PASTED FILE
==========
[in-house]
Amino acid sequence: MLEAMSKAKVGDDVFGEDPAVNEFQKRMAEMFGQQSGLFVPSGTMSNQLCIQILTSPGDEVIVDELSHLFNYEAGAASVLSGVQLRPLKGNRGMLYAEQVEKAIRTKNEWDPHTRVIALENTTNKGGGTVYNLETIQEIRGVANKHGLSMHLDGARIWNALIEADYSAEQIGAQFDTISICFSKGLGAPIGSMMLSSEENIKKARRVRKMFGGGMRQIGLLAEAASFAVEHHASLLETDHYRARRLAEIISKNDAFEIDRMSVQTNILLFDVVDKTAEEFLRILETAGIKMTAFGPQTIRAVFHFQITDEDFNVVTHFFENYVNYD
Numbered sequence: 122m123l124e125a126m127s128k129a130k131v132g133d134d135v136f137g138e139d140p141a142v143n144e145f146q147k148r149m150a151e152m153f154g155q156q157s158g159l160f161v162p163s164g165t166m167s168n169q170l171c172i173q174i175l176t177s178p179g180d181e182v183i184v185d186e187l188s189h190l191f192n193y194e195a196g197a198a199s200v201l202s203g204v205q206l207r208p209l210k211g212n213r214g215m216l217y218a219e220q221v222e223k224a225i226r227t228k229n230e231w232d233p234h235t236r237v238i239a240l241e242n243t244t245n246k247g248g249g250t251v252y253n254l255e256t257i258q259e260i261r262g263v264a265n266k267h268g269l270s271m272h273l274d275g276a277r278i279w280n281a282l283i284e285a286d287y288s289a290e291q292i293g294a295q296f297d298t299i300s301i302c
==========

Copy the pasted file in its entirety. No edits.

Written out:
[in-house]
Amino acid sequence: MLEAMSKAKVGDDVFGEDPAVNEFQKRMAEMFGQQSGLFVPSGTMSNQLCIQILTSPGDEVIVDELSHLFNYEAGAASVLSGVQLRPLKGNRGMLYAEQVEKAIRTKNEWDPHTRVIALENTTNKGGGTVYNLETIQEIRGVANKHGLSMHLDGARIWNALIEADYSAEQIGAQFDTISICFSKGLGAPIGSMMLSSEENIKKARRVRKMFGGGMRQIGLLAEAASFAVEHHASLLETDHYRARRLAEIISKNDAFEIDRMSVQTNILLFDVVDKTAEEFLRILETAGIKMTAFGPQTIRAVFHFQITDEDFNVVTHFFENYVNYD
Numbered sequence: 122m123l124e125a126m127s128k129a130k131v132g133d134d135v136f137g138e139d140p141a142v143n144e145f146q147k148r149m150a151e152m153f154g155q156q157s158g159l160f161v162p163s164g165t166m167s168n169q170l171c172i173q174i175l176t177s178p179g180d181e182v183i184v185d186e187l188s189h190l191f192n193y194e195a196g197a198a199s200v201l202s203g204v205q206l207r208p209l210k211g212n213r214g215m216l217y218a219e220q221v222e223k224a225i226r227t228k229n230e231w232d233p234h235t236r237v238i239a240l241e242n243t244t245n246k247g248g249g250t251v252y253n254l255e256t257i258q259e260i261r262g263v264a265n266k267h268g269l270s271m272h273l274d275g276a277r278i279w280n281a282l283i284e285a286d287y288s289a290e291q292i293g294a295q296f297d298t299i300s301i302c